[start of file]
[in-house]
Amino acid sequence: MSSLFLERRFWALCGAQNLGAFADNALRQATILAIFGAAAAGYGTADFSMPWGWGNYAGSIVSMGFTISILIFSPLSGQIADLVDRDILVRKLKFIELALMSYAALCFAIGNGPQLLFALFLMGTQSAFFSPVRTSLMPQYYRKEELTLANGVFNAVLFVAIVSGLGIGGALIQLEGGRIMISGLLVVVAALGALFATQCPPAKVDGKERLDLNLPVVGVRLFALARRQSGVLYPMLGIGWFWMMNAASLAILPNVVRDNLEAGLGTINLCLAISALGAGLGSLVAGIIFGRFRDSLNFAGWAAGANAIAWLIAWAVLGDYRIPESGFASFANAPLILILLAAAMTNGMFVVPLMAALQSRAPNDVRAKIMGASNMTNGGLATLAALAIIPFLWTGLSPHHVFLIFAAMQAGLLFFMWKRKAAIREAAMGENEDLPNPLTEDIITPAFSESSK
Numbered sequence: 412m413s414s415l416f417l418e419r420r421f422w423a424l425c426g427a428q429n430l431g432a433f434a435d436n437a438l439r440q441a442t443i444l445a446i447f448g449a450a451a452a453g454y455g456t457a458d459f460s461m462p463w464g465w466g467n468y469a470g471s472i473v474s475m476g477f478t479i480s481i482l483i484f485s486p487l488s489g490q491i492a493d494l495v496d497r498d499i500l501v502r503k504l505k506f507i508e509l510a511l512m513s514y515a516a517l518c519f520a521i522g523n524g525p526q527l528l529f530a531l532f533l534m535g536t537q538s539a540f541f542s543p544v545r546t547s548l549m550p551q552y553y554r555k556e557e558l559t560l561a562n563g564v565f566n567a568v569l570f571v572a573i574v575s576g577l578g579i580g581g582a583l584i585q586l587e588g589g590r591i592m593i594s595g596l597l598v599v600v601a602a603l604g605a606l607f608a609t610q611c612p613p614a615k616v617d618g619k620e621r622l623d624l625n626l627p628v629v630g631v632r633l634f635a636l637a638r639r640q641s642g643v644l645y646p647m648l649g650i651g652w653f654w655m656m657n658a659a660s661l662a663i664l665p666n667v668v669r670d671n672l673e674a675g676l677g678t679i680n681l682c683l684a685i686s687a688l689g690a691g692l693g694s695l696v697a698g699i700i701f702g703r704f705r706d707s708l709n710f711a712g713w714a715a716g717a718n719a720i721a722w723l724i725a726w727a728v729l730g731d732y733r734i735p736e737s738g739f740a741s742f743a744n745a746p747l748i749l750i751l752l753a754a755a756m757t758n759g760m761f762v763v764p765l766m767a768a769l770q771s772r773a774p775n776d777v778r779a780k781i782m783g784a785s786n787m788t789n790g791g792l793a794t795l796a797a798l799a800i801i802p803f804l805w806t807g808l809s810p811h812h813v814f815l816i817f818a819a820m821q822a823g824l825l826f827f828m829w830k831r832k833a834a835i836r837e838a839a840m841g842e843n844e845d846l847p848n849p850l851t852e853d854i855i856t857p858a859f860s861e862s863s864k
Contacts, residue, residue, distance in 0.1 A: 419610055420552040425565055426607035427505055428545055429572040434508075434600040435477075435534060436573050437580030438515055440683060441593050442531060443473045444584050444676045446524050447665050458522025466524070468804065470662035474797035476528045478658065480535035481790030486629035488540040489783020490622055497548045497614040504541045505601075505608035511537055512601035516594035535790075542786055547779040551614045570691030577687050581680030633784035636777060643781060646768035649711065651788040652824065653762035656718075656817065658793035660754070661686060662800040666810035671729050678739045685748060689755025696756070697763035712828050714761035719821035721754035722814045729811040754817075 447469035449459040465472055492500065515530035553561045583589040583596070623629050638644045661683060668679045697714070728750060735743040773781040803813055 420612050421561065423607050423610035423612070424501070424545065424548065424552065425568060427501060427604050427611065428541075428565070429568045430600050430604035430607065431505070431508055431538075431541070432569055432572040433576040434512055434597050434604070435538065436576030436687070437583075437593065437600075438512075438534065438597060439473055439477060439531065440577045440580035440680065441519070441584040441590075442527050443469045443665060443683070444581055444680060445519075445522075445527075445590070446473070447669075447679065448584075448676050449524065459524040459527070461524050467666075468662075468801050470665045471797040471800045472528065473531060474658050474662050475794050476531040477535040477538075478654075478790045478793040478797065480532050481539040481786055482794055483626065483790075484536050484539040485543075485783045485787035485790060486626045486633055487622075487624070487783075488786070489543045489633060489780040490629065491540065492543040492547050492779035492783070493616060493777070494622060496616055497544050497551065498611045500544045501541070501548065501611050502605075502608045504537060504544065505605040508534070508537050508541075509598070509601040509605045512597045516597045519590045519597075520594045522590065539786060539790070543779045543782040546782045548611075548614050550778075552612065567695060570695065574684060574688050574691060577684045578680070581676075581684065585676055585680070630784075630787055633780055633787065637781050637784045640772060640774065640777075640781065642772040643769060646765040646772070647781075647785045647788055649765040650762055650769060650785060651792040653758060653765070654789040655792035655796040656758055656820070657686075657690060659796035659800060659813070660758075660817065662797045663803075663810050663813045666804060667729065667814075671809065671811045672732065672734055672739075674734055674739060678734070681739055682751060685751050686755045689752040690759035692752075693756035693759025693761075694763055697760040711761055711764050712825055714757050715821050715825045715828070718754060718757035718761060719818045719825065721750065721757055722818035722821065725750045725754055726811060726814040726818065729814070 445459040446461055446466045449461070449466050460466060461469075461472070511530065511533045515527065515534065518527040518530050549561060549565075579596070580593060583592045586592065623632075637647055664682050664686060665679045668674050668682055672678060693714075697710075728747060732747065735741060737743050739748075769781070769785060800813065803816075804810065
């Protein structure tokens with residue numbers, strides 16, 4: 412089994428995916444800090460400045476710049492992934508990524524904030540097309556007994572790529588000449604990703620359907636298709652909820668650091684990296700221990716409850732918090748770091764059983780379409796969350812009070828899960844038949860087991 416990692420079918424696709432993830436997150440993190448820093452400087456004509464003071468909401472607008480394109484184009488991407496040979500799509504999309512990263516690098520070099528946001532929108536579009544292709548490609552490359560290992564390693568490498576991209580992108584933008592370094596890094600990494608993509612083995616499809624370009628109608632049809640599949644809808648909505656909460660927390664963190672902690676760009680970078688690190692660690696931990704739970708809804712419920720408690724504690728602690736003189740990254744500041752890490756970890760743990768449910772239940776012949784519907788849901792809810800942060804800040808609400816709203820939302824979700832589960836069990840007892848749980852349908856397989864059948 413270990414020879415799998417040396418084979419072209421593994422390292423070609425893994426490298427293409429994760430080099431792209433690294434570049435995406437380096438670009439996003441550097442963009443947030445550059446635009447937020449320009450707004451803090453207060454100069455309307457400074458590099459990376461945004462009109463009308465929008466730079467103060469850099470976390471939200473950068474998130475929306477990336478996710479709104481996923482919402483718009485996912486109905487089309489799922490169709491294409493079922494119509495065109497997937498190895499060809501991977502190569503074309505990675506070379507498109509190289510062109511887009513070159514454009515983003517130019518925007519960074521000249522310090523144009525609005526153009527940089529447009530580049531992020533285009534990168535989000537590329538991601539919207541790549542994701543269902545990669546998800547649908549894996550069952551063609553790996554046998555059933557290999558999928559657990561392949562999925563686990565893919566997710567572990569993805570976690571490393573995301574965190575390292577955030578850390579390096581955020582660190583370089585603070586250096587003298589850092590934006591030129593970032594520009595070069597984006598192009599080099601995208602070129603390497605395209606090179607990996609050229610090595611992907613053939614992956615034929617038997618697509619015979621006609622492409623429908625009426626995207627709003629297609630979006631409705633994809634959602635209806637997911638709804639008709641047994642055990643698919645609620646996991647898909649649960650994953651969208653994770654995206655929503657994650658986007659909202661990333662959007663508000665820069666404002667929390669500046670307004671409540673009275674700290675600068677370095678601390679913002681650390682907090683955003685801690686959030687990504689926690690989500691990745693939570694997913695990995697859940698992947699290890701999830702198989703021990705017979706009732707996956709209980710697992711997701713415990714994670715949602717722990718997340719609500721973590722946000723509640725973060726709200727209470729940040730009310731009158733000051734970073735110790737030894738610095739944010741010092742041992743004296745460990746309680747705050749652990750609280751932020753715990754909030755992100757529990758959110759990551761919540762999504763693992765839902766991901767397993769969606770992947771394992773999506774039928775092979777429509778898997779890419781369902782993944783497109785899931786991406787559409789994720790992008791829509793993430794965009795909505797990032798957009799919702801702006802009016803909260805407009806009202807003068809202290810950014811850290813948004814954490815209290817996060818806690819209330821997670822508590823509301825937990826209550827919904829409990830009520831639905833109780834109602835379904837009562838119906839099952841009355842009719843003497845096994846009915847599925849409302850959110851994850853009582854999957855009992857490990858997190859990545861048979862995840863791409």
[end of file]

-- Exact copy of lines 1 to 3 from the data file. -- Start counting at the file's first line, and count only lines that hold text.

[in-house]
Amino acid sequence: MSSLFLERRFWALCGAQNLGAFADNALRQATILAIFGAAAAGYGTADFSMPWGWGNYAGSIVSMGFTISILIFSPLSGQIADLVDRDILVRKLKFIELALMSYAALCFAIGNGPQLLFALFLMGTQSAFFSPVRTSLMPQYYRKEELTLANGVFNAVLFVAIVSGLGIGGALIQLEGGRIMISGLLVVVAALGALFATQCPPAKVDGKERLDLNLPVVGVRLFALARRQSGVLYPMLGIGWFWMMNAASLAILPNVVRDNLEAGLGTINLCLAISALGAGLGSLVAGIIFGRFRDSLNFAGWAAGANAIAWLIAWAVLGDYRIPESGFASFANAPLILILLAAAMTNGMFVVPLMAALQSRAPNDVRAKIMGASNMTNGGLATLAALAIIPFLWTGLSPHHVFLIFAAMQAGLLFFMWKRKAAIREAAMGENEDLPNPLTEDIITPAFSESSK
Numbered sequence: 412m413s414s415l416f417l418e419r420r421f422w423a424l425c426g427a428q429n430l431g432a433f434a435d436n437a438l439r440q441a442t443i444l445a446i447f448g449a450a451a452a453g454y455g456t457a458d459f460s461m462p463w464g465w466g467n468y469a470g471s472i473v474s475m476g477f478t479i480s481i482l483i484f485s486p487l488s489g490q491i492a493d494l495v496d497r498d499i500l501v502r503k504l505k506f507i508e509l510a511l512m513s514y515a516a517l518c519f520a521i522g523n524g525p526q527l528l529f530a531l532f533l534m535g536t537q538s539a540f541f542s543p544v545r546t547s548l549m550p551q552y553y554r555k556e557e558l559t560l561a562n563g564v565f566n567a568v569l570f571v572a573i574v575s576g577l578g579i580g581g582a583l584i585q586l587e588g589g590r591i592m593i594s595g596l597l598v599v600v601a602a603l604g605a606l607f608a609t610q611c612p613p614a615k616v617d618g619k620e621r622l623d624l625n626l627p628v629v630g631v632r633l634f635a636l637a638r639r640q641s642g643v644l645y646p647m648l649g650i651g652w653f654w655m656m657n658a659a660s661l662a663i664l665p666n667v668v669r670d671n672l673e674a675g676l677g678t679i680n681l682c683l684a685i686s687a688l689g690a691g692l693g694s695l696v697a698g699i700i701f702g703r704f705r706d707s708l709n710f711a712g713w714a715a716g717a718n719a720i721a722w723l724i725a726w727a728v729l730g731d732y733r734i735p736e737s738g739f740a741s742f743a744n745a746p747l748i749l750i751l752l753a754a755a756m757t758n759g760m761f762v763v764p765l766m767a768a769l770q771s772r773a774p775n776d777v778r779a780k781i782m783g784a785s786n787m788t789n790g791g792l793a794t795l796a797a798l799a800i801i802p803f804l805w806t807g808l809s810p811h812h813v814f815l816i817f818a819a820m821q822a823g824l825l826f827f828m829w830k831r832k833a834a835i836r837e838a839a840m841g842e843n844e845d846l847p848n849p850l851t852e853d854i855i856t857p858a859f860s861e862s863s864k